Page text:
killing grass-plant veggie garden

greengrass12(5)August 14, 2008

I would like to plant a veggie garden where grass is now actively growing. I would like to get kill the grass without having to dig up and get rid of 3 or 4 inches of sod. Some have recommended 8 or 10 sheets of newspaper to accomplish this. My question is how long would this process take? If I covered the area by the end of the month would the grass be somthered and composted by next spring in time for growing veggies. I know I'm leaving myself open being that my moniker is greengrass. Thanks.

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joepyeweed(5b IL)

Yup. newspapers work well. Though I would cover the newspaper with mulch or shredded leaves...

When I start or expand a new garden plot, I section off the area with a chicken wire and then I fill it in the fall with about 4' deep of leaves and grass clippings. In the spring, the depth has compacted to maybe a foot or less. Then I run over it with the lawn mower, to chop everything up. I might find a few strands of some rhizomatous grass alive, but not many and they pull up real easy. Then I plant right into the mulch. Sometimes I have to overturn a small slit for the planting rows. But generally it works great. No sod removal, no tilling...

    Bookmark   August 14, 2008 at 5:08PM
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Look into lasagna gardening or sheet composting.

Basically putting down layers of newspaper or cardboard and covering over with lots of layers of mulch materials and compost materials. This is how all my gardens have been getting done lately.

Now if you have really aggressive types of grass (gator grass is a pain for us) you might have it re-invade but that is the situation with most weeds. So if you have really aggressive grass and are planning on turning the plot into a fancy perennial flower bed (as in something that will be difficult to weed in the future around the rocks and flowers), then you might want to remove the grass more throughly before going on. If this is for a veggie garden, then the lasagna method works great. It is also a very good way to get lots of organic material into your soil which is a good thing for gardening.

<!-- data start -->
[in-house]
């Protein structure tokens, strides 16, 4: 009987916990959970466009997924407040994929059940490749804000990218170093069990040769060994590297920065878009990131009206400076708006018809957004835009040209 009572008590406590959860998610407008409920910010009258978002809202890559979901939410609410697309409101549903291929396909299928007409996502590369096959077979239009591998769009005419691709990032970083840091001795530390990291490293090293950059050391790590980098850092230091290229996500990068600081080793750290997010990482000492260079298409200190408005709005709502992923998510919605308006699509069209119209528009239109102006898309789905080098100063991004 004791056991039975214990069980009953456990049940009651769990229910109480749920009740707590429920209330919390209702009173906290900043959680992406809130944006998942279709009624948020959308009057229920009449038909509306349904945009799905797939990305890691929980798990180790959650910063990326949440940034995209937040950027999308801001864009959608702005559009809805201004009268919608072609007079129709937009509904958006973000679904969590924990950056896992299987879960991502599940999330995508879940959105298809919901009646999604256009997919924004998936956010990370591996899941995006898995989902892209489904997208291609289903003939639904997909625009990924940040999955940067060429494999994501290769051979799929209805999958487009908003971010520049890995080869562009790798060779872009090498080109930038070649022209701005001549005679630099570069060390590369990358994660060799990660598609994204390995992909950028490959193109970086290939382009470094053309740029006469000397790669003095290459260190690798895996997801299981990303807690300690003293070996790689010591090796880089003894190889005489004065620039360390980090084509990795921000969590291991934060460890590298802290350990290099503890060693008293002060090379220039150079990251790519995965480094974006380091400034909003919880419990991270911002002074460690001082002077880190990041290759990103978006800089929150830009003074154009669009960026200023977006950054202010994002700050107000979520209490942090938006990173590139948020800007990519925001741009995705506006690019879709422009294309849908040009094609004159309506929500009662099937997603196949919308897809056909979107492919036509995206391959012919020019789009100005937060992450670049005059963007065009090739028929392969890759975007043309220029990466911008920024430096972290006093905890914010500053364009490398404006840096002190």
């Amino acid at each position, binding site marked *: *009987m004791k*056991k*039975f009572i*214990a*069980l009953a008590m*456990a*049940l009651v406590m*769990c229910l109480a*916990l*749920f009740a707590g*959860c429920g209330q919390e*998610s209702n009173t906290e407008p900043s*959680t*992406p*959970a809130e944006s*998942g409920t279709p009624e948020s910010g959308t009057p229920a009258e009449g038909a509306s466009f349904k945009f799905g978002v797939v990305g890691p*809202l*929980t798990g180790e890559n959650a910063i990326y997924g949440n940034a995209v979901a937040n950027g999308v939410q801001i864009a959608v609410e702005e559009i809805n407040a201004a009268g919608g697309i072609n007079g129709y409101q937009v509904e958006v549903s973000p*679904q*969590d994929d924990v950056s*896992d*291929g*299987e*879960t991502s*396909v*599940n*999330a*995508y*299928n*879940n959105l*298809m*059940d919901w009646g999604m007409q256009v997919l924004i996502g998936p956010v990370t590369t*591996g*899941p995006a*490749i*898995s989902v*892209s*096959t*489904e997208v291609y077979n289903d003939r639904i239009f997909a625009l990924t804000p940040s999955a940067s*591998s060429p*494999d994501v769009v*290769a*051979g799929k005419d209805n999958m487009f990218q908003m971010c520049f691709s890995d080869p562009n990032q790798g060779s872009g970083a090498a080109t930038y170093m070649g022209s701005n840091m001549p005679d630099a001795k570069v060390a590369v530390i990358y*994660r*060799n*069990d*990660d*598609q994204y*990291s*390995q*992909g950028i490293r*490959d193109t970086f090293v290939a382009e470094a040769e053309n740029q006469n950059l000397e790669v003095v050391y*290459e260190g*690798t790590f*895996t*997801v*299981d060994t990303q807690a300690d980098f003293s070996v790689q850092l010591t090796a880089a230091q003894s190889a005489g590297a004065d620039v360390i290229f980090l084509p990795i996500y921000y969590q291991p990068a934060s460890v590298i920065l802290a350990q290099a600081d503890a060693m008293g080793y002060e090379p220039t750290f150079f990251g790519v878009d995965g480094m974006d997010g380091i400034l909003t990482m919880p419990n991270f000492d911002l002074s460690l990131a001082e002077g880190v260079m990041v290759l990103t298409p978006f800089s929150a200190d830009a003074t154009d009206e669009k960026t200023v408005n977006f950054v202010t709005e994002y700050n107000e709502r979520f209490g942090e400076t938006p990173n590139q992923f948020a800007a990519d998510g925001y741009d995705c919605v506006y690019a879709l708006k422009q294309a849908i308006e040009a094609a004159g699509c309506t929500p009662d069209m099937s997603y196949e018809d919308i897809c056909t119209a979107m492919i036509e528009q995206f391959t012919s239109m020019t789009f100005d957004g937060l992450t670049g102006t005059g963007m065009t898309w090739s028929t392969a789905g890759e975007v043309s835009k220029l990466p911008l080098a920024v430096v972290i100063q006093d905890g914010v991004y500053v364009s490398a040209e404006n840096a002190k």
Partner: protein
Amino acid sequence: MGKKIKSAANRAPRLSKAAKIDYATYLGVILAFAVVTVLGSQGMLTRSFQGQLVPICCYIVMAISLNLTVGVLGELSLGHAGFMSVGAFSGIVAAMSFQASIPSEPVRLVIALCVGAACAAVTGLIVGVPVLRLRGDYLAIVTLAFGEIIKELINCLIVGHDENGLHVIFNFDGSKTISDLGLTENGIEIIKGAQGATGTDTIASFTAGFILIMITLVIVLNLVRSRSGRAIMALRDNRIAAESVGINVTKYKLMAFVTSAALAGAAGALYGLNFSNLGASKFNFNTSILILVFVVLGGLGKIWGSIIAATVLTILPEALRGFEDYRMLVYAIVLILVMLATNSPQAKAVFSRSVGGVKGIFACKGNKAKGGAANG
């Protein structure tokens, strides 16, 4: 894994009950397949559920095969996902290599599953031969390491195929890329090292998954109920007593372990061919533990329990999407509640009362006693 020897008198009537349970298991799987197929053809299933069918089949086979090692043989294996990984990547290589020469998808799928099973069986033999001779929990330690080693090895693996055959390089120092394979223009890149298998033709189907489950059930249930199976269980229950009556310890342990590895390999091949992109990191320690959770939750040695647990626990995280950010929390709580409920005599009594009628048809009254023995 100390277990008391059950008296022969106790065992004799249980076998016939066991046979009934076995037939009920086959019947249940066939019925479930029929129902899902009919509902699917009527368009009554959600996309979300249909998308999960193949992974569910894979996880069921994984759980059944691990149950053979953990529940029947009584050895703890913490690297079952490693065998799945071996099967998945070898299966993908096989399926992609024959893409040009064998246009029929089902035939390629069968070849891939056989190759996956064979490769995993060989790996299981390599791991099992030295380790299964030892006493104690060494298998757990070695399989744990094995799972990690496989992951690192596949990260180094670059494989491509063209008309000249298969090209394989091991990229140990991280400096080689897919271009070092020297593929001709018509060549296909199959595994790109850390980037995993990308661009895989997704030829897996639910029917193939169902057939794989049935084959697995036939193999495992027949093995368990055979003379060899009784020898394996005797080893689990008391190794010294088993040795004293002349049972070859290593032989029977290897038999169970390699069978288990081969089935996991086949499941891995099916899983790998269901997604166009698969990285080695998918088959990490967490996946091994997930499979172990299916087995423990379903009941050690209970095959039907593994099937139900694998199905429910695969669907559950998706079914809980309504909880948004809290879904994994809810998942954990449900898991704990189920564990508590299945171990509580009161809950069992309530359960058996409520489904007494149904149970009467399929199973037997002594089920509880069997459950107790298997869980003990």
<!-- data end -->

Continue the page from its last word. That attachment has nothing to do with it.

Here is a link that might be useful:

    Bookmark   August 14, 2008 at 7:08PM
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You might want to kill of the grass a little further out than actually intended to give yourself some cushion against re-invasion. Also, make sure there are no gaps where you smother (sounds obvious but easy to mess up) and weight down the newspaper well, especially at the edges. Old 2 x 4's and the like can be helpful with this. monitor for tears and wind displacement. Cut the grass extremely short before you do anything else. I think you will be nice and ready by spring.

    Bookmark   August 14, 2008 at 7:40PM
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Thanks for the responses. Would it be a good idea to turn over the sod first and get the grass buried and then put newspaper down? I'm not loking for additional work but this is for my daughter so the primary objective is to plant her veg garden in the spring.

    Bookmark   August 15, 2008 at 10:52AM
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joepyeweed(5b IL)

I wouldn't bother turning the sod over, too much work...its not necessary.

    Bookmark   August 15, 2008 at 11:32AM
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If you are just looking for a small veg garden for your daughter and want minimal work fighting the grass/weeds, i would recommend you build a 3x3 or 4x4 raised bed about 10 - 12 inches tall and fill it with a good topsoil and compost from your local nursery/store. Put down news paper or a good quality weed barrier cloth under the box to prevent the grass from growinng up through the bottom. Having done this myself, it has been a dream only having five or six weeds each year.

    Bookmark   August 16, 2008 at 12:27AM
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Laying down some newspaper, covered with something to hold it in place and hide it, as well as to keep the paper from blowing away, over that grass will kill the grass and allow the soil bacteria to work it into the soil where it will help provide some of the necessary organic matter. I find that it takes about 8 weeks, around here, for a new plot formed this way to be ready to be planted, depending on how active a Soil Food Web you have. Doing this now will give you plenty of time to 1. kill the grass, 2. have a good, reliable soil test done, 3. make any adjustments your soil may need to get that plot ready to plant next spring.

    Bookmark   August 16, 2008 at 7:31AM
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as said, make sure you use plenty of newspaper and mulch.

i recently made a side walk lined with newspaper, didn't have enough so only used one or two sheets thick, the weeds popped through it like it was a joke.

    Bookmark   August 16, 2008 at 11:47AM
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